Being always ready for visitors

By Dave Hogsett, a retired United Methodist Church minister now residing in Plymouth.

Late Christmas my oldest son, his wife, and six children arrived at our home to celebrate Christmas. Four adults, one youth, three children, and an energetic, chocolate lab joined them the following afternoon. Eighteen of us enjoyed a wonderful Christmas feast as we celebrated the birth of Jesus.
In preparation for our visitors, Diane and I needed to get the following done:
1. All of my neatly stacked piles of paper on the dining room table waiting to be processed needed to be moved.
2. My clutter on the coffee table also needed attention.
3. The Christmas gifts that had been collecting on the bed in the front bedroom, but which had been moved to the back bedroom so the bed could be used for coats when the people from Diane's office came for lunch, needed to be wrapped.
4. All of my neatly stacked piles of paper on the chairs in the basement needed to find new homes.
5. My summer tree in the basement needed to be transformed into my winter Christmas tree.
6. Several items in the hallway needed to be put in the attic once space could be made. Just shoving it in would no longer work.
7. Three chairs being stored in my garden shed needed to be brought inside so they could warm up.
8. I needed to make sure I did not have any extra shoes resting in the living room. Not quite sure how they always manage to get there!
9. Assorted other clutter needed to disappear.
Saturday afternoon as I was sitting in the living room working on a Sudoku puzzle, I thought to myself how nice the house looked. Too bad Christmas could not come more often so that I would be motivated to make sure that it was ready for visitors.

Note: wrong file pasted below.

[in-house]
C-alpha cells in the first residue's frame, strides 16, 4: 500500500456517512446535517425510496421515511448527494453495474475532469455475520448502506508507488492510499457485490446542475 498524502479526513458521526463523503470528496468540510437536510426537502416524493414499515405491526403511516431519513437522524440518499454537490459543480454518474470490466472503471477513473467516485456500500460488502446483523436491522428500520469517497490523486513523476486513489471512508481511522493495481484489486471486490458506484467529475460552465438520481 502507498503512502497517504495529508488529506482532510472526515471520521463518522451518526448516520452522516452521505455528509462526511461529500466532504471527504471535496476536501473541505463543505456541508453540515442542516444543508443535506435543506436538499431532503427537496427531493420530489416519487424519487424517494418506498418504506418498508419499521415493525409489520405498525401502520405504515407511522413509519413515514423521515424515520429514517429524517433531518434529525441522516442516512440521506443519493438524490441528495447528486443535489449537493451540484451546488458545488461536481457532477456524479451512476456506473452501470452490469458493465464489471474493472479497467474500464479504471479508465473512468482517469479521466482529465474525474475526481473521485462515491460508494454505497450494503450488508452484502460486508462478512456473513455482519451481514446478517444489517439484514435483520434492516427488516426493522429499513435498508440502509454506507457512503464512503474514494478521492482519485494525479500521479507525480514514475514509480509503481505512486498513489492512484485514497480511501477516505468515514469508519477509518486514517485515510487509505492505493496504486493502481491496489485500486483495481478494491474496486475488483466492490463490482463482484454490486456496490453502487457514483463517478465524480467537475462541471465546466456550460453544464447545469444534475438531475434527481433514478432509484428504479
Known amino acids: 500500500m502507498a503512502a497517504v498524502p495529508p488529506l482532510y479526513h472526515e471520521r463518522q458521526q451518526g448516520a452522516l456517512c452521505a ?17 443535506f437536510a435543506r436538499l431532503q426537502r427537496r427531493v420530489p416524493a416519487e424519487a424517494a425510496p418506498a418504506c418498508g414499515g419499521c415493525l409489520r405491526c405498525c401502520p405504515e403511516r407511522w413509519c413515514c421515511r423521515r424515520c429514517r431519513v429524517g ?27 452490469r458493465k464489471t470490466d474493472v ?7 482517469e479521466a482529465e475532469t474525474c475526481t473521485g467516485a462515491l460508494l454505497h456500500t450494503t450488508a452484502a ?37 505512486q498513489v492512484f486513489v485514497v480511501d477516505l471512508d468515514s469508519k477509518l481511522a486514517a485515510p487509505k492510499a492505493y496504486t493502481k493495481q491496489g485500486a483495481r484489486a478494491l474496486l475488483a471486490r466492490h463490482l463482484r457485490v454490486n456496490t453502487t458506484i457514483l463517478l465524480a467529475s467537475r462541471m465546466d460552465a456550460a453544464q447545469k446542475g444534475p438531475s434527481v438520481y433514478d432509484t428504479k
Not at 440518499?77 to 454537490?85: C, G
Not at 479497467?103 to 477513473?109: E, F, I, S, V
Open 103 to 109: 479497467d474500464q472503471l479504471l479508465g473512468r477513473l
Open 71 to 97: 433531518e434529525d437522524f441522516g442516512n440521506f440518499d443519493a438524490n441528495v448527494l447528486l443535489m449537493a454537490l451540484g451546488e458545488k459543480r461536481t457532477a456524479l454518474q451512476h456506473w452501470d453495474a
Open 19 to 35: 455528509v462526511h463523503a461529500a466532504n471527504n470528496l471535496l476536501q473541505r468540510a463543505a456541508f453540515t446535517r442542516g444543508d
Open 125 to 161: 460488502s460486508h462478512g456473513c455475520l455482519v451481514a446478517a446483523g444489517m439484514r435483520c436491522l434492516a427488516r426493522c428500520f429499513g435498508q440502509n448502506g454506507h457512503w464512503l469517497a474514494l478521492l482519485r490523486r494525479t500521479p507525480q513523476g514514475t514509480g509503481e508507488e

In the Gospel of Matthew (Matthew 25:1-13) Jesus tells a parable about 10 bridesmaids who are awaiting the arrival of the bridegroom. They have lamps to light his way. Unfortunately, his arrival is delayed. When he finally does come at midnight, five of the bridesmaids find they do not have enough oil for their lamps.
They had neglected to bring extra for just such an emergency. While they are looking for oil, the bridegroom arrives and the bridesmaids miss out on attending the wedding banquet.
The intent of the parable in its present setting is that we should always be prepared because Jesus may return at any moment. The parable would also seem to suggest to me that it might be a good practice to make the sure the house is ready for visitors. That way I would not have panic when there is a knock at the door or someone phones that they will stopping by in just a few minutes.
Most of my frenzied activity to get the house ready for visitors can be traced to procrastination. Rather then addressing the papers that have accumulated on my dining room table when they arrive, I put them in piles to care for later. “Later” usually comes when necessity forces me to deal with them.
“Being always ready for visitors” is a principle that can apply to almost any area of our lives ... and would make a good New Year's resolution.

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